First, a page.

Social Brain Lab Barcelona

Director: Clara Pretus, Ph.D.

We are hiring!


Welcome to our lab!

Our team uses methods from cognitive neuroscience and experimental psychology to understand how political extremism impacts decision-making in contexts of political polarization. Specifically, we examine how extreme social identities and moral values shape people’s political beliefs, motivation to share misinformation, and willingness to engage in political violence.

We also develop novel interventions to combat polarization and the spread of misinformation based on insights from psychological and neuracognitive findings. We use a multi-method approach that includes neuroimaging tools such as functional magnetic resonance (fMRI) and electroencephalography (EEG), psychological testing, and behavioral experiments.

Join us in our mission to understand the neuroscience of political extremism and the spread of misinformation.


Morality and AI

Can AI help us make better moral judgments?


Is cognitive rigidity linked to fake news consumption?


Can changes in social media diet decrease extremism?

Featured publications

The Role of Political Devotion in Sharing Partisan Misinformation and Resistance to Fact-checking.
In a set of studies across the U.S. and Spain, we found that far-right partisans were more likely to share misinformation relevant to conservative sacred values and were resistant to fact-checks and accuracy nudges. At a brain level, we observed a strong response in brain regions implicated in norm compliance and mentalizing to misinformation that included sacred values (vs. nonsacred values) among far-right partisans. This work provides new theoretical and practical insights into misinformation sharing and resistance to fact-checking among far-right partisans.

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The Misleading Count: An Identity-Based Intervention to Mitigate the Spread of Partisan Misinformation.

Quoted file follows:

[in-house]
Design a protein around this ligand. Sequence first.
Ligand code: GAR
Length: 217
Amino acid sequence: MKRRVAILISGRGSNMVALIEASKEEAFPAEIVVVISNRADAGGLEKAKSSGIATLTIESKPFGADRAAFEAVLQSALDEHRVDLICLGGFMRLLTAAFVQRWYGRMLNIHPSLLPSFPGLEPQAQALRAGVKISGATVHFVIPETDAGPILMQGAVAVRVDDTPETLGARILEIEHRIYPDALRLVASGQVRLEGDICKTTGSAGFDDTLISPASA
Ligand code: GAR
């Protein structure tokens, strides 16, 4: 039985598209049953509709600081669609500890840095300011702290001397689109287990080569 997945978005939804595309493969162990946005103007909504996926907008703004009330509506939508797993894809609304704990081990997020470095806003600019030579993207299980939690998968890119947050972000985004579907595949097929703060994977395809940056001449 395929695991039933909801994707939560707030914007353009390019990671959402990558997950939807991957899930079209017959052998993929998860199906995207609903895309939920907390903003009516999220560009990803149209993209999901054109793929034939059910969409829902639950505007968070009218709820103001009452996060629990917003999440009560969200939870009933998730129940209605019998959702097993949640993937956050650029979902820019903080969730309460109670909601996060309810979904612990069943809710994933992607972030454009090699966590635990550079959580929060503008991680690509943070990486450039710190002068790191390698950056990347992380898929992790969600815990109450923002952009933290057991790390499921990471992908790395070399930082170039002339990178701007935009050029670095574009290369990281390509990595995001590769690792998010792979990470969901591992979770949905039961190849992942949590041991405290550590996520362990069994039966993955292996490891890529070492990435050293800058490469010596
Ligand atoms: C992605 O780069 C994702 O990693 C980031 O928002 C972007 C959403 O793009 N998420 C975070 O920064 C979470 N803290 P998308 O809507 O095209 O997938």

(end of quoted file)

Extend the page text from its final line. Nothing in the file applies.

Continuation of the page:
Across three experiments in the U.S. and UK, we found that crowdsourcing accuracy judgments by adding a Misleading count next to the Like count reduced participants’ reported likelihood to share inaccurate information about partisan issues by 25% compared to a control condition. The Misleading count was also more effective when it reflected in-group norms (from fellow Democrats/Republicans) compared to the norms of general users, though this effect was absent in a less politically polarized context (UK).

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The Psychology of Hate: Moral Concerns Differentiate Hate from Dislike
We investigated whether any differences in the psychological conceptualization of hate and dislike were simply a matter of degree of negativity (i.e., hate falls on the end of the continuum of dislike) or also morality (i.e., hate is imbued with distinct moral components that distinguish it from dislike). In three lab studies in Canada and the U.S., we found that hated attitude objects were more negative than disliked attitude objects and associated with moral beliefs and emotions, even after adjusting for differences in negativity.

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Meet the team

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